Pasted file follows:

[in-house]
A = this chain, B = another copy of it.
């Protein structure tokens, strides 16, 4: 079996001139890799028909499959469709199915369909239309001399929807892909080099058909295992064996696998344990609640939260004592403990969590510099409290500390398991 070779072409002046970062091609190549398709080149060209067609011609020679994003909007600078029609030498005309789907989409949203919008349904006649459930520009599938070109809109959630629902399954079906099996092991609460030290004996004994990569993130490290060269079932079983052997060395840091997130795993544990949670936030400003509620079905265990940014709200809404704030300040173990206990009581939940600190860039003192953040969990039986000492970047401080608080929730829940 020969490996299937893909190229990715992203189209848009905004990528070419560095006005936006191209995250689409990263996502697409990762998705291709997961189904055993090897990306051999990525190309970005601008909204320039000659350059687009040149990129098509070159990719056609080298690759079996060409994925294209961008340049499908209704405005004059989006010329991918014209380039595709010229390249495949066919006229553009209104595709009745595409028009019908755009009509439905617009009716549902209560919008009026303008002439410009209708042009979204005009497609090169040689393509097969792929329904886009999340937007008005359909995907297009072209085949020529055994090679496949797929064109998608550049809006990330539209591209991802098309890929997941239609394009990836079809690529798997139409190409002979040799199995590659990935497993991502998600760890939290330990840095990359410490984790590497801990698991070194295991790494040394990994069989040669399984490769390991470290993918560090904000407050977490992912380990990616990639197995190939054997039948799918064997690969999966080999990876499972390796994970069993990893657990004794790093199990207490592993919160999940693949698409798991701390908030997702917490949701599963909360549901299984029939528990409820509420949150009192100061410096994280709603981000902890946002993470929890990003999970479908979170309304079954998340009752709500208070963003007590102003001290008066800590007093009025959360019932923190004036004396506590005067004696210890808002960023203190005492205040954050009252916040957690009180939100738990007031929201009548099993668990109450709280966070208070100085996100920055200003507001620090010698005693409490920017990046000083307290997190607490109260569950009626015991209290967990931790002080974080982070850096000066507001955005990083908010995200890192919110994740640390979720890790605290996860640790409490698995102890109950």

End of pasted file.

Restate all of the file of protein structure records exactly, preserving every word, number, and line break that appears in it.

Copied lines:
[in-house]
A = this chain, B = another copy of it.
């Protein structure tokens, strides 16, 4: 079996001139890799028909499959469709199915369909239309001399929807892909080099058909295992064996696998344990609640939260004592403990969590510099409290500390398991 070779072409002046970062091609190549398709080149060209067609011609020679994003909007600078029609030498005309789907989409949203919008349904006649459930520009599938070109809109959630629902399954079906099996092991609460030290004996004994990569993130490290060269079932079983052997060395840091997130795993544990949670936030400003509620079905265990940014709200809404704030300040173990206990009581939940600190860039003192953040969990039986000492970047401080608080929730829940 020969490996299937893909190229990715992203189209848009905004990528070419560095006005936006191209995250689409990263996502697409990762998705291709997961189904055993090897990306051999990525190309970005601008909204320039000659350059687009040149990129098509070159990719056609080298690759079996060409994925294209961008340049499908209704405005004059989006010329991918014209380039595709010229390249495949066919006229553009209104595709009745595409028009019908755009009509439905617009009716549902209560919008009026303008002439410009209708042009979204005009497609090169040689393509097969792929329904886009999340937007008005359909995907297009072209085949020529055994090679496949797929064109998608550049809006990330539209591209991802098309890929997941239609394009990836079809690529798997139409190409002979040799199995590659990935497993991502998600760890939290330990840095990359410490984790590497801990698991070194295991790494040394990994069989040669399984490769390991470290993918560090904000407050977490992912380990990616990639197995190939054997039948799918064997690969999966080999990876499972390796994970069993990893657990004794790093199990207490592993919160999940693949698409798991701390908030997702917490949701599963909360549901299984029939528990409820509420949150009192100061410096994280709603981000902890946002993470929890990003999970479908979170309304079954998340009752709500208070963003007590102003001290008066800590007093009025959360019932923190004036004396506590005067004696210890808002960023203190005492205040954050009252916040957690009180939100738990007031929201009548099993668990109450709280966070208070100085996100920055200003507001620090010698005693409490920017990046000083307290997190607490109260569950009626015991209290967990931790002080974080982070850096000066507001955005990083908010995200890192919110994740640390979720890790605290996860640790409490698995102890109950």